Coronavirus Compared to HIV
New coronavirus cases have reached 2,857,054 infections in the United States over the last two months while an estimated 36,400 new HIV infections occurred in the United States in all of 2018. Obviously the SARS-CoV-2 virus is many times more infectious than the HIV virus and is much more easily transmitted from person to person, however if we compare coronavirus to the HIV pandemic (or epidemic) of the 80s and 2000's, we can see that there are some similarities and some very big differences. One simularity is that SARS-CoV-2 can target, infect and destroy similar cells as HIV such as the T-lymphocytes cells whose main function is to protect the body from harmful invaders. Another similarity is lymphopenia, which suppresses the immune system in coroavirus infected people in a similar way it does in people with AIDS. Another striking similarity is pneumonia. In 1981 the Center for Disease Control in Atlanta noticed that there were strange cases of a pneumonia-like illness popping up in the Los Angeles area which later turned out to be a symptom of AIDs caused by HIV infection.
Differences in Morality
One of the most frightening aspects of the Coronavirus's effect on mortality the United States when compared with HIV/AIDS is that the entire HIV epidemic in the United States killed an estimated 700,000 people, but it took 39 years to do so. Yet, as of July 3rd 2020, just 4 months since the virus reached the shores of America, over 131,666 Americans have died from SARS-CoV-2 infections. The hardest hit American state has been New York with 32,172 deaths since the first recorded deaths on March 14th, 2020.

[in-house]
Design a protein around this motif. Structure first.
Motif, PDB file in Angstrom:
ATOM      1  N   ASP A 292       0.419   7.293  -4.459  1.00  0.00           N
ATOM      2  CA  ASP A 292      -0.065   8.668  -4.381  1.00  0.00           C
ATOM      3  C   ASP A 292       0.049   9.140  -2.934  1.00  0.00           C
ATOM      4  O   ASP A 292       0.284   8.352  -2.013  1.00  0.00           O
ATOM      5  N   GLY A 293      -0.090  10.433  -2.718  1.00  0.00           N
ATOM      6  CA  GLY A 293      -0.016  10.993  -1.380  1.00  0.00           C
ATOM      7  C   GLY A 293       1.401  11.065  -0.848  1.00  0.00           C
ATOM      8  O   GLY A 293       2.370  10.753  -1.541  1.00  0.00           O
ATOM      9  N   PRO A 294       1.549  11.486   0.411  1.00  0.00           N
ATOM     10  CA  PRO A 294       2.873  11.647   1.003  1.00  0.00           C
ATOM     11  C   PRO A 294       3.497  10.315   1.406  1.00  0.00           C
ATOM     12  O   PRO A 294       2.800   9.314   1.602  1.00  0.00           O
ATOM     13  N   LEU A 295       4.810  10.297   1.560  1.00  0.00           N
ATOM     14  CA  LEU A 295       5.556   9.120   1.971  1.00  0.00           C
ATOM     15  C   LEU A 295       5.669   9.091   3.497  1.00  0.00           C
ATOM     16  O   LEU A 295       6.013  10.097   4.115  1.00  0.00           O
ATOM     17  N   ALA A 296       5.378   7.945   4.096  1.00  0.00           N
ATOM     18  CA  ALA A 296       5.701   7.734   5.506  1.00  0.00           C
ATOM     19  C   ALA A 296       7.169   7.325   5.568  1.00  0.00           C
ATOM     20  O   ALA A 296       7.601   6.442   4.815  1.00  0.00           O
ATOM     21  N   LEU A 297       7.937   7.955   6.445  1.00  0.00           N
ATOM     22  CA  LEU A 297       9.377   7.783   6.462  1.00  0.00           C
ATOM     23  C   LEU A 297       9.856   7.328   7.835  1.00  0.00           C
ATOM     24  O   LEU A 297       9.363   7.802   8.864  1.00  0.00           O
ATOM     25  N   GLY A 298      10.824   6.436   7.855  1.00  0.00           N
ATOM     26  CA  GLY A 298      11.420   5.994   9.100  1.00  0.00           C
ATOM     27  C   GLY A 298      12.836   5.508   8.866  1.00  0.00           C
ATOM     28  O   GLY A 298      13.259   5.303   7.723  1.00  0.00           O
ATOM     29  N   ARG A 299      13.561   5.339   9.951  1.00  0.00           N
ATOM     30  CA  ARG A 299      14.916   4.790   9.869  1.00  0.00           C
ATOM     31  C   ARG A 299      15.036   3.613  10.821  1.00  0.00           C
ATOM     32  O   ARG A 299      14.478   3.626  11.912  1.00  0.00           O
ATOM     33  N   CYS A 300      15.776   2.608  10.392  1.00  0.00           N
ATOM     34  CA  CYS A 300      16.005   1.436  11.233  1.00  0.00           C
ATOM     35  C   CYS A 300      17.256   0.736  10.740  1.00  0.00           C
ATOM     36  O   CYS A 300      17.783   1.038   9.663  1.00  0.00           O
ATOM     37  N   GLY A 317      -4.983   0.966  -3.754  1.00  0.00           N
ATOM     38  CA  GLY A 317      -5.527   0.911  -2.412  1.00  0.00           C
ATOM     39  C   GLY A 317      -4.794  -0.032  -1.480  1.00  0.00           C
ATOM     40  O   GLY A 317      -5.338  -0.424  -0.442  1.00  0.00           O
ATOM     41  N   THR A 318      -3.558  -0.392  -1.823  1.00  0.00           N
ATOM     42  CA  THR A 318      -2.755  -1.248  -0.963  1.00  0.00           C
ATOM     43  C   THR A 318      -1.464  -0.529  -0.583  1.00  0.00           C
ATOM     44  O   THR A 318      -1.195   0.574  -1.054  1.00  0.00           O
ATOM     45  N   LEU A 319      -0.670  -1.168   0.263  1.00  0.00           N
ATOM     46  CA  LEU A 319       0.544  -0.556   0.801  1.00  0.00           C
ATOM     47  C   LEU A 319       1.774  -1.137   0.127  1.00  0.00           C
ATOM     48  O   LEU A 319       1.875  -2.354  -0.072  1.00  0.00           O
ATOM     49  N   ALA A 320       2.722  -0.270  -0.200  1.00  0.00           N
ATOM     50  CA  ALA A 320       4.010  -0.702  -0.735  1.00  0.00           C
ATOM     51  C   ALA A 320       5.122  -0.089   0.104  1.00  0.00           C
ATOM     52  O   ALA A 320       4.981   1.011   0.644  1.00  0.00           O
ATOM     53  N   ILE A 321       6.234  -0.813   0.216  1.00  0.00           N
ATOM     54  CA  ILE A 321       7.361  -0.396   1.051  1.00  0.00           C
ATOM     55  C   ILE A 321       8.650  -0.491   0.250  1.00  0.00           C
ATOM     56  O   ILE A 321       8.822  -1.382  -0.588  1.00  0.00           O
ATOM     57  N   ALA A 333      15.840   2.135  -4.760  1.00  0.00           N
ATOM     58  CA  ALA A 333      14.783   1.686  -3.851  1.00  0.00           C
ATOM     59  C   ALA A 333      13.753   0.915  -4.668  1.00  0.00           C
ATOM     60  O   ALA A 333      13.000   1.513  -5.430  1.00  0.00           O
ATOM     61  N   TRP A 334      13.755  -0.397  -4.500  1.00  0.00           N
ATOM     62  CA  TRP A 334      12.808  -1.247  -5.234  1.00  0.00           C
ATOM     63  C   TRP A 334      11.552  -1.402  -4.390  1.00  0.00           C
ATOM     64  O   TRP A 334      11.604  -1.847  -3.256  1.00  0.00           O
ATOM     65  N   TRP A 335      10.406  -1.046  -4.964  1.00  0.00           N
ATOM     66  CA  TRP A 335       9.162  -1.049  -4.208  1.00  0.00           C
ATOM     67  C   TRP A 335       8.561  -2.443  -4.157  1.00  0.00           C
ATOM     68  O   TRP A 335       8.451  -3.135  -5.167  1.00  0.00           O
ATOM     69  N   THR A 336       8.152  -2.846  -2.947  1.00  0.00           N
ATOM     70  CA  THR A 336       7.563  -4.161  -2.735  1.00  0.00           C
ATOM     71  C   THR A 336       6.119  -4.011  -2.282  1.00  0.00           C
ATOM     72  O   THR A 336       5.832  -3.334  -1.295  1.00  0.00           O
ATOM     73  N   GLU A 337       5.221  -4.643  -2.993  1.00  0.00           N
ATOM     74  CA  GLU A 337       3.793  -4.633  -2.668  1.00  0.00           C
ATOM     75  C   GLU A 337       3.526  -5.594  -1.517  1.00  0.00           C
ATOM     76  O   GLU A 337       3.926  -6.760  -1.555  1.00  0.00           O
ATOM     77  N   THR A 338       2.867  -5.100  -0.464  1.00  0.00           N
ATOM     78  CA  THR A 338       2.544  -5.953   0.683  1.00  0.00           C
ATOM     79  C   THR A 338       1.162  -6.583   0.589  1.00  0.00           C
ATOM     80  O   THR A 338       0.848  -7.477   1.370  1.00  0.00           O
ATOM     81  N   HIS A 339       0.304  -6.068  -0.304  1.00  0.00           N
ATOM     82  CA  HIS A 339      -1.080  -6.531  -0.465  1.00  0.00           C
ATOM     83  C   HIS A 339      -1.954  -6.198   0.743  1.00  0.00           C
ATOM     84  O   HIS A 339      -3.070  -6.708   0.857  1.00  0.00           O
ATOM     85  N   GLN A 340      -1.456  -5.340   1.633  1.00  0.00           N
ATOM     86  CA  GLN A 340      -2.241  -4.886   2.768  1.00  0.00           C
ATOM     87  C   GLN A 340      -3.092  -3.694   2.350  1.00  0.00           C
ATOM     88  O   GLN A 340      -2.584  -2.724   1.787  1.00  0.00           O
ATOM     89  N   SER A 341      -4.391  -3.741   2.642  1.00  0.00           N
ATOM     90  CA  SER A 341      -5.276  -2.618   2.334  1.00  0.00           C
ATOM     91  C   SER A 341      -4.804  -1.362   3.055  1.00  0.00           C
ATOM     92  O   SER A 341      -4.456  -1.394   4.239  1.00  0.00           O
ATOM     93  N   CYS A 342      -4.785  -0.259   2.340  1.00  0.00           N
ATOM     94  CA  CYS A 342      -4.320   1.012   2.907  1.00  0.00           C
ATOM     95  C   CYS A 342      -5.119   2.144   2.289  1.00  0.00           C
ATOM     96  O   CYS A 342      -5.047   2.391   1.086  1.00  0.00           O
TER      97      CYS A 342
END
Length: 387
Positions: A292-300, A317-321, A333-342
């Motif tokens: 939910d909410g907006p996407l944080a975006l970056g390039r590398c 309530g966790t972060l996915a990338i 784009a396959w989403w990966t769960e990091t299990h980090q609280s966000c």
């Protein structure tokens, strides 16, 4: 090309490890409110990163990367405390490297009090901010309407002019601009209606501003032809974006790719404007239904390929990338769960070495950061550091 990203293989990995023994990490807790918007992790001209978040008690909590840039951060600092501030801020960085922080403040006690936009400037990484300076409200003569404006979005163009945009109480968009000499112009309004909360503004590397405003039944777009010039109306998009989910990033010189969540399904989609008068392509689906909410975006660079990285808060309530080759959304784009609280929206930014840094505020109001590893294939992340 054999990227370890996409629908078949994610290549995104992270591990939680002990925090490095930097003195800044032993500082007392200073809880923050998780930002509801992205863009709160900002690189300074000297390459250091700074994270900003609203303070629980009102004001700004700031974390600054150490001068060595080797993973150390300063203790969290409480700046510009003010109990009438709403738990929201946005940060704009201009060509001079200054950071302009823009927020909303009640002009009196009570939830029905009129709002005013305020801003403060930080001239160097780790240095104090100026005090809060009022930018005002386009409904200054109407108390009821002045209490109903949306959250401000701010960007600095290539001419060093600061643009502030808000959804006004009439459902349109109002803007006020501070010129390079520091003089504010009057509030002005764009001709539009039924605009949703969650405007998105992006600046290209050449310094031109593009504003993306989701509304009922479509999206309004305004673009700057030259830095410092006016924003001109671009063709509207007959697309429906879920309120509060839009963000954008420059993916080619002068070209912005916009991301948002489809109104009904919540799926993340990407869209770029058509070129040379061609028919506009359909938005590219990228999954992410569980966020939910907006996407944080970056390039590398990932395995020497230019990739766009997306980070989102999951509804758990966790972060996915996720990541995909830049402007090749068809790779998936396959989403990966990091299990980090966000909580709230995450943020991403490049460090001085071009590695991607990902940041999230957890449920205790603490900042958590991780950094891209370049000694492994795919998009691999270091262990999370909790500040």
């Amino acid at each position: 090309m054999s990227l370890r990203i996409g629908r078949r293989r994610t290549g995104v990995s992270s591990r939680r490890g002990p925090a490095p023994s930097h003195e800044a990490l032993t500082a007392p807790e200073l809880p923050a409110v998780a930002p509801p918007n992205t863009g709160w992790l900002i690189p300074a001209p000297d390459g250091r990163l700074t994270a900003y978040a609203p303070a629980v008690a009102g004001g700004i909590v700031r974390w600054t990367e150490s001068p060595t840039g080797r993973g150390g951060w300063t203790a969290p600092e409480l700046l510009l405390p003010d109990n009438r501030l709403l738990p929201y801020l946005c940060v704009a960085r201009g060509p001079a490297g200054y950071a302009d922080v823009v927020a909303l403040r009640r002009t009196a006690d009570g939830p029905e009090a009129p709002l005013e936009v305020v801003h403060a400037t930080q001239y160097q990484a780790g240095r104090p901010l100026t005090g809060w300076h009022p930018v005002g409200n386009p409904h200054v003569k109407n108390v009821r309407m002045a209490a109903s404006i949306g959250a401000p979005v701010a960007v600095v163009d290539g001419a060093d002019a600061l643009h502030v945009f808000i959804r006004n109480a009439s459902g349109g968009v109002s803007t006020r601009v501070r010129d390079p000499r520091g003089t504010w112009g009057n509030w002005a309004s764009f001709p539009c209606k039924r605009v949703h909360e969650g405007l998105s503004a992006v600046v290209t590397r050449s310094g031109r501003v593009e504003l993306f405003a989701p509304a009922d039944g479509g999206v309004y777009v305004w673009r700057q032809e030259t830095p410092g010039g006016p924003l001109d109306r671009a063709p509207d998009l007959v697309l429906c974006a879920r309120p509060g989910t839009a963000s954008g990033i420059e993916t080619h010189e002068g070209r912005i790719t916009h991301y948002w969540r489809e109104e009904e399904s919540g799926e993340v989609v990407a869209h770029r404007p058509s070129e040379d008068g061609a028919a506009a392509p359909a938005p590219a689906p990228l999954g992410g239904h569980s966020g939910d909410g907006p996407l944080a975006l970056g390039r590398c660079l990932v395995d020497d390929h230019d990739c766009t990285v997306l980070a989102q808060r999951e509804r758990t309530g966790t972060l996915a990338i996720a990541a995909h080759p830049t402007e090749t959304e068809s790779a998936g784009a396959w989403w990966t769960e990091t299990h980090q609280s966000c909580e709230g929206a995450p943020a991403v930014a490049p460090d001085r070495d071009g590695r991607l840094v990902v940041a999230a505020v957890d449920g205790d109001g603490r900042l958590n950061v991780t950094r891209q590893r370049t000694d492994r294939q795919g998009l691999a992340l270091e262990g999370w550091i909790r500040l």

Differences in Perception
The AIDS crisis for all intents and purposes started slowly and created very little panic at first. This was mostly due to the fact that it was considered to be a disease that only gay men and intravenous drug addicts contracted. The fact that this mysterious illness only seemed to affect people on the margins of society, meant that the ordinary person had nothing to fear, as long as it was only "them" who got AIDS. Indeed, during the early 1980's the AIDS epidemic was known as the "gay plague". In 2018 the highest rate of HIV infections according to race and ethnicity was for blacks/African Americans at 45.4 HIV infections per 100,000 population, followed by Hispanic/Latinos at 22.4 per 100,000 population and persons of multiple races at 19.3 per 100,000.
If we compare reactions to HIV at that time and the Coronavirus at present, it is clear that there has been a massive worldwide response to the SARS-CoV-2 pandemic compared to the worldwide reaction to AIDS in the '80s, even though early research into Coronavirus also shows that the virus seems to be affecting poor and marginalized populations along the lines of race and income. For example black people are 4 times more likely to die from a SARS-CoV-2 infection than white people. A large proportion of those deaths can be attributed to pre-existing differences in a communities wealth, health, education, socio-economic status among ethnic groups, however some of this is still somewhat of a mystery. For example, even taking all the mentioned factors above into consideration, a black person is still twice as likely to die of a Coronvirus infection as a white person.
It is safe to say that it is still early days yet and much more research is needed. However in conclusion it could be said that the difference between the Coronavirus pandemic and the AIDS epidemic with regards to public perception, is that during the current pandemic/epidemic it is not widely believed that the virus only affects "them", mainly because of the large difference in the way the Coronavirus is transmitted.
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